Trauma prevention specialist offers tips on how to 'Stop the Bleed'
The movement to educate the larger community about Stop the Bleed is very similar to efforts to teach CPR
Kristen Hullum Special to the Pflag
AUSTIN — Each June, organizations across the country observe National Safety Month in an effort to raise public awareness about unintentional injuries. At St. David's Round Rock Medical Center, preventing such injuries is a yearlong effort. The hospital's Level II Trauma Center is especially focused on a national bleeding control program called Stop the Bleed, which launched in 2015.
The movement to educate the larger community about Stop the Bleed is very similar to efforts to teach CPR. When time is critical and minutes count, a bystander who jumps in to control bleeding or administers CPR often becomes the true lifesaver before emergency personnel arrive.
Although the White House and U.S. Department of Homeland Security initiated Stop the Bleed in response to mass shootings, these skills are much more likely to be used to treat injuries sustained in motor vehicle crashes, work-related accidents or those that occur in everyday life, such as in a kitchen, woodshop, garage or outside in the yard.
At St. David's Round Rock, most traumatic injuries treated by our trauma team are caused by motor vehicle crashes. If the injury is severe, a person could bleed to death in less than five minutes. Even with the best EMS response times of between seven and 10 minutes, it might be too late for someone experiencing a life-threatening bleed. For those reasons, it's critical that bystanders are trained and ready to step in and help.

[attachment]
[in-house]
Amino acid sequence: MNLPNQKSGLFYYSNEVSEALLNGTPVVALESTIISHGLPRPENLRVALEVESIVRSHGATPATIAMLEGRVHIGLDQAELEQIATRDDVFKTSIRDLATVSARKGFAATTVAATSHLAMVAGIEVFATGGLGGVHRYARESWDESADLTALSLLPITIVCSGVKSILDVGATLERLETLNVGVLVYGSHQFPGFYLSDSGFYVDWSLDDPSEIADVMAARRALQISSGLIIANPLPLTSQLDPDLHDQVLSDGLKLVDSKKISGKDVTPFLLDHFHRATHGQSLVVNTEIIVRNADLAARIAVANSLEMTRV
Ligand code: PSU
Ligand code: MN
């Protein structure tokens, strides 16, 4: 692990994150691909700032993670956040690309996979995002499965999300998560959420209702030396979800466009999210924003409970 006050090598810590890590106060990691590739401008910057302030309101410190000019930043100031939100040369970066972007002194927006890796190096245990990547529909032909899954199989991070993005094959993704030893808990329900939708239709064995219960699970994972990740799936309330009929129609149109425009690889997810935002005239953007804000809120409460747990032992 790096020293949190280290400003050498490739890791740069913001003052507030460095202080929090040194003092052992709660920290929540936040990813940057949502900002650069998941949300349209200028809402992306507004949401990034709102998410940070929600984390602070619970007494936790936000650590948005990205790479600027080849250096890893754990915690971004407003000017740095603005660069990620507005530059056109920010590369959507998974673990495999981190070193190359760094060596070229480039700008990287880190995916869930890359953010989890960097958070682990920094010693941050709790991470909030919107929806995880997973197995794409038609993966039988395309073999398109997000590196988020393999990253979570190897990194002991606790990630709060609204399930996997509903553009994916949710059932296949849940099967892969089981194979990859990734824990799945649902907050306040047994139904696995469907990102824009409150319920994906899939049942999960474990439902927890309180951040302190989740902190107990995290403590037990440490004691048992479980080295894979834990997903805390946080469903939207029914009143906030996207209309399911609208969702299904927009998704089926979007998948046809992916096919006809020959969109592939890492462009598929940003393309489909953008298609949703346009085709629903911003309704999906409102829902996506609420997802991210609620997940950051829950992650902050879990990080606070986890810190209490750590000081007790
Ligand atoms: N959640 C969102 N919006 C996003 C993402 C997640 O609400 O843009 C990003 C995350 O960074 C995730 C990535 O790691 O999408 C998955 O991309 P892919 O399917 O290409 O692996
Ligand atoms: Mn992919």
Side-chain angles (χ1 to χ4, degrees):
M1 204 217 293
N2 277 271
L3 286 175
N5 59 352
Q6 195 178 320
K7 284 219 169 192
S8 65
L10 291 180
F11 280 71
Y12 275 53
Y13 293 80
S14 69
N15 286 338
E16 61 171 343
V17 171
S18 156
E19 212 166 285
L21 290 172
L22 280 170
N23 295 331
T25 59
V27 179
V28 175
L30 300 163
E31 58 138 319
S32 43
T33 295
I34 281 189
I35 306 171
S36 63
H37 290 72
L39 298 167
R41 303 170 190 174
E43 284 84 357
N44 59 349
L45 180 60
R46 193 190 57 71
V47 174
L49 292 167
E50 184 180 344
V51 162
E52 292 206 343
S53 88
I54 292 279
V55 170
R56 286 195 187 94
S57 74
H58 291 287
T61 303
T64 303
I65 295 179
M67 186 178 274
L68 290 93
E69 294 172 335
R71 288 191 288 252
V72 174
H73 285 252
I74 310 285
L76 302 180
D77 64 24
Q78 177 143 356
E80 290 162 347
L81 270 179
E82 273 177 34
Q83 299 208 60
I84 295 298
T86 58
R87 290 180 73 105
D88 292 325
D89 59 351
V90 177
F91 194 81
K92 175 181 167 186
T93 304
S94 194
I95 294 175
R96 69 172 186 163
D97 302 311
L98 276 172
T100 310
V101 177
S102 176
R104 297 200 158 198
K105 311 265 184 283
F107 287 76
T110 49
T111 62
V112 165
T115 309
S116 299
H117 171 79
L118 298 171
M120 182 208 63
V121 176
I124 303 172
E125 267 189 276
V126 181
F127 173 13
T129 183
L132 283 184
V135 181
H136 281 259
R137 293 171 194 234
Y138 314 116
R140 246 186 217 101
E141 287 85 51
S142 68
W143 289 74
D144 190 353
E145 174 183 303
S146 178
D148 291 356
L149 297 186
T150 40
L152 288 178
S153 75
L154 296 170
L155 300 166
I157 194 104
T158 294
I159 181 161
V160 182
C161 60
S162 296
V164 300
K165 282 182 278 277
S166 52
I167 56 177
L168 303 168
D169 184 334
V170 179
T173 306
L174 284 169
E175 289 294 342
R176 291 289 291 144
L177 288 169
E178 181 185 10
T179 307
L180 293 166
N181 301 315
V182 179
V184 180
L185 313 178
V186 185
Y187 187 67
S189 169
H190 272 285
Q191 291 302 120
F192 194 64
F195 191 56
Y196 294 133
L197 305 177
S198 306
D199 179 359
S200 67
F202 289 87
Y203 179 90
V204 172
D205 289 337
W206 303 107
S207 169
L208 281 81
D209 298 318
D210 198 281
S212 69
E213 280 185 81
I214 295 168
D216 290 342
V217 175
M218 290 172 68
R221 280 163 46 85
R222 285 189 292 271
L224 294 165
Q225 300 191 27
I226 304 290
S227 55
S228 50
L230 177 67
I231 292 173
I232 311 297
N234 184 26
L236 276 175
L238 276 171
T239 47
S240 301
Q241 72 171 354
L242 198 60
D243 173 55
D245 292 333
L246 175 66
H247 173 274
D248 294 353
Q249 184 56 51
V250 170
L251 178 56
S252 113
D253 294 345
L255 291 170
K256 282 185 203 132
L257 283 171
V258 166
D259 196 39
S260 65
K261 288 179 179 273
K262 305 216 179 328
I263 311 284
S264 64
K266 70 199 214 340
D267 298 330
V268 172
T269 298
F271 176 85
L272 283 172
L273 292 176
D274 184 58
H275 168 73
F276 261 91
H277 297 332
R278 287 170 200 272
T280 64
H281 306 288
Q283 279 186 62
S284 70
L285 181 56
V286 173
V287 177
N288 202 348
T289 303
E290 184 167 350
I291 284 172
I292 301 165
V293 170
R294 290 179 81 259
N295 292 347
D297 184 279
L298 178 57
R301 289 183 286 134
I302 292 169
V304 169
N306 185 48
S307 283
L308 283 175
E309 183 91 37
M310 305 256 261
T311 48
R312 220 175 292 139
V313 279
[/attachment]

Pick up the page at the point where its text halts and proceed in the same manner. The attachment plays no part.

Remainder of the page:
St. David's Round Rock provides the following tips for bystander intervention:
- Call 9-1-1 — immediately. Make sure you or another bystander stay on the phone with the dispatcher until EMS arrives.
- Ensure your safety. Before offering help, check your surroundings to make sure it's safe for you to do so. If at any time your safety is in jeopardy, attempt to move to a safer location (and move the victim as well, if possible).
- Recognize life-threatening bleeding. Find the source of the bleeding and identify signs of "life-threatening" bleeding, such as bleeding that spurts from a wound, soaks clothing or bandages, pools on the ground or is sustained during an accidental amputation.
- Compress and control. This is where hands-on training becomes very important. Stop the Bleed offers experienced healthcare providers who teach the necessary skills to intervene quickly by applying a tourniquet, providing direct pressure on the wound and packing wounds with hemostatic gauze or any other clean gauze or clean cloth that may be available.
- Using a tourniquets as a first aid method has evolved over the years. Several decades ago, tourniquets were considered as a last resort. But after years of combat medicine and treating injuries on the battlefield, medical personnel now believe tourniquets save lives and should be a go-to treatment for life-threatening bleeding from the arms or legs.
Stop the Bleed training is offered free of charge by local hospitals, EMS organizations and other trained healthcare providers. For information on courses in the Williamson County area, email Kristen.Hullum@stdavids.com or visit BleedingControl.org.
Kristen Hullum, MSN, RN, is the trauma injury prevention coordinator at the Level II Trauma Center at St. David's Round Rock Medical Center.
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